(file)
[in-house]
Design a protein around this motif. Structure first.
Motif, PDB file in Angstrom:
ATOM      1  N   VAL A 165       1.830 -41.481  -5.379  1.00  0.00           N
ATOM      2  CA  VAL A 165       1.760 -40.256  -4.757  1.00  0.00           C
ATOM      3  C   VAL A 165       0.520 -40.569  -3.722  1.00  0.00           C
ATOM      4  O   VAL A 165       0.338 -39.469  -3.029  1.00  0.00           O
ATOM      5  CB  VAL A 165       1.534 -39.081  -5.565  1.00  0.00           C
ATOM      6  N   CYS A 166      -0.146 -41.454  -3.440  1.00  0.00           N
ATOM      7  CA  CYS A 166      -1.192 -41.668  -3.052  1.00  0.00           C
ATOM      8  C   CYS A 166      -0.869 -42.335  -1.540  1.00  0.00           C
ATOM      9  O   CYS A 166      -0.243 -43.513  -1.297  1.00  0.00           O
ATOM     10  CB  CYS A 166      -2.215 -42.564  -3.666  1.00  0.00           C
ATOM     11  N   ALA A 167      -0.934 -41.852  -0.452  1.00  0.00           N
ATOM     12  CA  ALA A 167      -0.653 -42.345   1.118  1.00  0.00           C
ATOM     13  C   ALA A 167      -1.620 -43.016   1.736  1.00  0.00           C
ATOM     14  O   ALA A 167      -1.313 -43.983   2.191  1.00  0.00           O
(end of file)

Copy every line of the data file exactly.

[in-house]
Design a protein around this motif. Structure first.
Motif, PDB file in Angstrom:
ATOM      1  N   VAL A 165       1.830 -41.481  -5.379  1.00  0.00           N
ATOM      2  CA  VAL A 165       1.760 -40.256  -4.757  1.00  0.00           C
ATOM      3  C   VAL A 165       0.520 -40.569  -3.722  1.00  0.00           C
ATOM      4  O   VAL A 165       0.338 -39.469  -3.029  1.00  0.00           O
ATOM      5  CB  VAL A 165       1.534 -39.081  -5.565  1.00  0.00           C
ATOM      6  N   CYS A 166      -0.146 -41.454  -3.440  1.00  0.00           N
ATOM      7  CA  CYS A 166      -1.192 -41.668  -3.052  1.00  0.00           C
ATOM      8  C   CYS A 166      -0.869 -42.335  -1.540  1.00  0.00           C
ATOM      9  O   CYS A 166      -0.243 -43.513  -1.297  1.00  0.00           O
ATOM     10  CB  CYS A 166      -2.215 -42.564  -3.666  1.00  0.00           C
ATOM     11  N   ALA A 167      -0.934 -41.852  -0.452  1.00  0.00           N
ATOM     12  CA  ALA A 167      -0.653 -42.345   1.118  1.00  0.00           C
ATOM     13  C   ALA A 167      -1.620 -43.016   1.736  1.00  0.00           C
ATOM     14  O   ALA A 167      -1.313 -43.983   2.191  1.00  0.00           O